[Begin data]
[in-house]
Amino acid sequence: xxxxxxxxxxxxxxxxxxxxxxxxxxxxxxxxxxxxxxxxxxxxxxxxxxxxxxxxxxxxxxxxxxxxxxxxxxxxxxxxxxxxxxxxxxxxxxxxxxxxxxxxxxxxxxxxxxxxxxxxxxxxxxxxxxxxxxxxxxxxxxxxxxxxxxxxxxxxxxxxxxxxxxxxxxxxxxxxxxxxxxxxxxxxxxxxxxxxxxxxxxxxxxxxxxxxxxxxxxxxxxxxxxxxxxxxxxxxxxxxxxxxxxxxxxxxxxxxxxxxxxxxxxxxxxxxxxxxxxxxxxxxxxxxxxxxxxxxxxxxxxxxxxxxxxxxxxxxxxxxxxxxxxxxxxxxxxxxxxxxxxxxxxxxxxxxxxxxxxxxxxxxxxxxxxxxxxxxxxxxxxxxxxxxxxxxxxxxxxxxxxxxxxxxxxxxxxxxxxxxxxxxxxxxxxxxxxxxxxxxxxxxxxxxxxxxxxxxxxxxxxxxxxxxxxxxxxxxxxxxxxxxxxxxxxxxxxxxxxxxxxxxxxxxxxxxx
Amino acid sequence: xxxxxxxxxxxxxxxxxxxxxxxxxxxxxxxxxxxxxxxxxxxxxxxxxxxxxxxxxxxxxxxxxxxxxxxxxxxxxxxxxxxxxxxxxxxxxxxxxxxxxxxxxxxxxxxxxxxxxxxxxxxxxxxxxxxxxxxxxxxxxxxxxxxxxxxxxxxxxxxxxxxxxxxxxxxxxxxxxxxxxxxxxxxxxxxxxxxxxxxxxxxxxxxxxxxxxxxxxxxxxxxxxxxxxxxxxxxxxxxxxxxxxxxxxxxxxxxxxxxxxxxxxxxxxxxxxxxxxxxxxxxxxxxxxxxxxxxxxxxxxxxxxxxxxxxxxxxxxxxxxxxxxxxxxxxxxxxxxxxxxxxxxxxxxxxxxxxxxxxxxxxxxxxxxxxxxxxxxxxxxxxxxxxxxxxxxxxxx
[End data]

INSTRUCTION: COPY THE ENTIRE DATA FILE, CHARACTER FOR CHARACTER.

[in-house]
Amino acid sequence: xxxxxxxxxxxxxxxxxxxxxxxxxxxxxxxxxxxxxxxxxxxxxxxxxxxxxxxxxxxxxxxxxxxxxxxxxxxxxxxxxxxxxxxxxxxxxxxxxxxxxxxxxxxxxxxxxxxxxxxxxxxxxxxxxxxxxxxxxxxxxxxxxxxxxxxxxxxxxxxxxxxxxxxxxxxxxxxxxxxxxxxxxxxxxxxxxxxxxxxxxxxxxxxxxxxxxxxxxxxxxxxxxxxxxxxxxxxxxxxxxxxxxxxxxxxxxxxxxxxxxxxxxxxxxxxxxxxxxxxxxxxxxxxxxxxxxxxxxxxxxxxxxxxxxxxxxxxxxxxxxxxxxxxxxxxxxxxxxxxxxxxxxxxxxxxxxxxxxxxxxxxxxxxxxxxxxxxxxxxxxxxxxxxxxxxxxxxxxxxxxxxxxxxxxxxxxxxxxxxxxxxxxxxxxxxxxxxxxxxxxxxxxxxxxxxxxxxxxxxxxxxxxxxxxxxxxxxxxxxxxxxxxxxxxxxxxxxxxxxxxxxxxxxxxxxxx
Amino acid sequence: xxxxxxxxxxxxxxxxxxxxxxxxxxxxxxxxxxxxxxxxxxxxxxxxxxxxxxxxxxxxxxxxxxxxxxxxxxxxxxxxxxxxxxxxxxxxxxxxxxxxxxxxxxxxxxxxxxxxxxxxxxxxxxxxxxxxxxxxxxxxxxxxxxxxxxxxxxxxxxxxxxxxxxxxxxxxxxxxxxxxxxxxxxxxxxxxxxxxxxxxxxxxxxxxxxxxxxxxxxxxxxxxxxxxxxxxxxxxxxxxxxxxxxxxxxxxxxxxxxxxxxxxxxxxxxxxxxxxxxxxxxxxxxxxxxxxxxxxxxxxxxxxxxxxxxxxxxxxxxxxxxxxxxxxxxxxxxxxxxxxxxxxxxxxxxxxxxxxxxxxxxxxxxxxxxxxxxxxxxxxxxxxxxxxxxxxxxxxx